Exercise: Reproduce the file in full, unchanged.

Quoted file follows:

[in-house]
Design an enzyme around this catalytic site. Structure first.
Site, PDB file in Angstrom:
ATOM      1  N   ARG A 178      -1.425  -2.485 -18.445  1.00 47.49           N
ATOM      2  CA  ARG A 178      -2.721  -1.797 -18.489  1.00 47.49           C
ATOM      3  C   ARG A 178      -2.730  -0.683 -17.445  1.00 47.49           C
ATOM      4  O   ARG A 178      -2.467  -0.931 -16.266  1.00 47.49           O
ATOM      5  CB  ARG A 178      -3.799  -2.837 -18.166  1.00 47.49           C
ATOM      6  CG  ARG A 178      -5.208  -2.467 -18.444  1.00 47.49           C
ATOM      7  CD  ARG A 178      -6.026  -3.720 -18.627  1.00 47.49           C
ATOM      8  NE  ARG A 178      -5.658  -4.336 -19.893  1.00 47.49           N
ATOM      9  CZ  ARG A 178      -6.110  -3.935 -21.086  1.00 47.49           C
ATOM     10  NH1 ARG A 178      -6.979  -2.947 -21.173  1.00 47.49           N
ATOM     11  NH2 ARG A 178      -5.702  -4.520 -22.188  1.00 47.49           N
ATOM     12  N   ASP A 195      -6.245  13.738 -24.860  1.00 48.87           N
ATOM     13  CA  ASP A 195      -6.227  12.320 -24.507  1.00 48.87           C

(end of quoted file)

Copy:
[in-house]
Design an enzyme around this catalytic site. Structure first.
Site, PDB file in Angstrom:
ATOM      1  N   ARG A 178      -1.425  -2.485 -18.445  1.00 47.49           N
ATOM      2  CA  ARG A 178      -2.721  -1.797 -18.489  1.00 47.49           C
ATOM      3  C   ARG A 178      -2.730  -0.683 -17.445  1.00 47.49           C
ATOM      4  O   ARG A 178      -2.467  -0.931 -16.266  1.00 47.49           O
ATOM      5  CB  ARG A 178      -3.799  -2.837 -18.166  1.00 47.49           C
ATOM      6  CG  ARG A 178      -5.208  -2.467 -18.444  1.00 47.49           C
ATOM      7  CD  ARG A 178      -6.026  -3.720 -18.627  1.00 47.49           C
ATOM      8  NE  ARG A 178      -5.658  -4.336 -19.893  1.00 47.49           N
ATOM      9  CZ  ARG A 178      -6.110  -3.935 -21.086  1.00 47.49           C
ATOM     10  NH1 ARG A 178      -6.979  -2.947 -21.173  1.00 47.49           N
ATOM     11  NH2 ARG A 178      -5.702  -4.520 -22.188  1.00 47.49           N
ATOM     12  N   ASP A 195      -6.245  13.738 -24.860  1.00 48.87           N
ATOM     13  CA  ASP A 195      -6.227  12.320 -24.507  1.00 48.87           C